Mississippi Gov. Haley Barbour, a possible 2012 Republican presidential candidate, accused President Obama March 2 of intentionally driving up gas prices in an effort to get Americans to buy more hybrids and other energy-efficient vehicles.

Barbour specifically targeted comments made by Secretary of Energy Steven Chu, in 2008. Chu claimed that higher energy costs could force an investment in alternative fuels and cleaner energy sources. Barbour said that the Obama administration is using that theory to allow gas prices to rise.

“This administration’s policies have been designed to drive up the cost of energy in the name of reducing pollution, in the name of making very expensive alternative fuels more economically competitive,” Barbour said during a U.S. Chamber of Commerce breakfast across the street from the White House.

His comments come as the cost of oil has jumped amid unrest in Africa and the Middle East. Crude oil prices are soaring, peaking at $104 on the spot market, where the most expensive oil is traded. Gas prices have gone up 28 cents in the last 10 days to an average of $3.47 a gallon for regular unleaded gas. In a weekly report, the U.S. Energy Information Administration said the price of retail gas rose 19 cents last week, the second largest jump since it began keeping data in 1990.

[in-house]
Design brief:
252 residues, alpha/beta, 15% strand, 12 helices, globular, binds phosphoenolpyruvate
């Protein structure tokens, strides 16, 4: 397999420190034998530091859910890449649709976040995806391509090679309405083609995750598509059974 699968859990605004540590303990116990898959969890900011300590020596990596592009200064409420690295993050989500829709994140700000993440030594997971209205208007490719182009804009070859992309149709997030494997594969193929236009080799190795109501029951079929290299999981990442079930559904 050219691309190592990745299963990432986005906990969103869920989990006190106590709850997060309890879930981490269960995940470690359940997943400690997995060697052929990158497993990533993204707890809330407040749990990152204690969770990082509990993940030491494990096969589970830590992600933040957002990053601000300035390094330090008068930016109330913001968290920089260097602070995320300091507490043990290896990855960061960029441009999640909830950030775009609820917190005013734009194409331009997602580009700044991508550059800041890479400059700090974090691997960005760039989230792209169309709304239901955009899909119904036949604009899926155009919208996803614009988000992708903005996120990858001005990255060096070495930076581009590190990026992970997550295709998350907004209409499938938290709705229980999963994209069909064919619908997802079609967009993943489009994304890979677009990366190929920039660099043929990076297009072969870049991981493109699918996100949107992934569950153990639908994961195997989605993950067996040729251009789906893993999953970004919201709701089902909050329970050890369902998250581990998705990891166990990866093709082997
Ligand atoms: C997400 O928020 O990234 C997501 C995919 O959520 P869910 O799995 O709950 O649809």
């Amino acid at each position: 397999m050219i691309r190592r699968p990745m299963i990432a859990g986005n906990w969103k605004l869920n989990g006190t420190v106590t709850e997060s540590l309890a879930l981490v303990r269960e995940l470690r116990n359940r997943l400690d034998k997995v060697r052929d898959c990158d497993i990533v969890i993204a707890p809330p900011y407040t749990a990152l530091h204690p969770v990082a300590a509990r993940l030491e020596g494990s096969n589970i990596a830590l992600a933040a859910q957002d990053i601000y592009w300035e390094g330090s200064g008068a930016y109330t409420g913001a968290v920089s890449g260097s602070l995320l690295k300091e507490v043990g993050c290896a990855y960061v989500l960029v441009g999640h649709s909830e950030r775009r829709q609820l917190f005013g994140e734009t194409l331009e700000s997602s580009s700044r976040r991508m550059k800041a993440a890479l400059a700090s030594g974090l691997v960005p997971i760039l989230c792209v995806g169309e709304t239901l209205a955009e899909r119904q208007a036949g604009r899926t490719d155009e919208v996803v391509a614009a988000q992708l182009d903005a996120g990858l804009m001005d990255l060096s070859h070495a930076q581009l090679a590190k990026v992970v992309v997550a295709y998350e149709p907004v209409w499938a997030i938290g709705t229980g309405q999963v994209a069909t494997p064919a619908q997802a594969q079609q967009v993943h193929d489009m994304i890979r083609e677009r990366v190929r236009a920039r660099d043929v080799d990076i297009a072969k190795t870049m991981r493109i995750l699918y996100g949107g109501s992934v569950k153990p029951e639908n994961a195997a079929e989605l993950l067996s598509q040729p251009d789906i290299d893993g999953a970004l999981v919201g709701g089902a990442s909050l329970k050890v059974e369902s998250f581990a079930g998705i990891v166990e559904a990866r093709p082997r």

Barbour has been an advocate for energy companies in the past and has defended their interests since he was chairman of the Republican National Committee in the 1990s.

Following the BP oil spill in the Gulf of Mexico last year, Barbour repeatedly downplayed the disaster’s effect on the environment. In May, Barbour compared the oil spill to the sheen often found around motorboats.

“We don’t wash our face in it, but it doesn’t stop us from jumping off the boat to ski,” Barbour told the Associated Press.

White House Press Secretary Jay Carney refuted Barbour’s claims, saying the Obama administration is aware of the gas prices and Barbour’s comments are political posturing.

“This President, this administration, is keenly aware of the impact of high gasoline prices on average Americans, especially in a still recovering economy,” Carney said at a Mar. 2 press briefing. “And we are monitoring gas prices, and we are also, as you have seen over the past two-plus years, very focused on the need precisely to develop other energy sources so that we are not as dependent on foreign oil as we have been in the past.

“So beyond that, I would just say that those comments were clearly made in the context of 2012 presidential politics, so you have to take them, I think, understanding that,” he continued.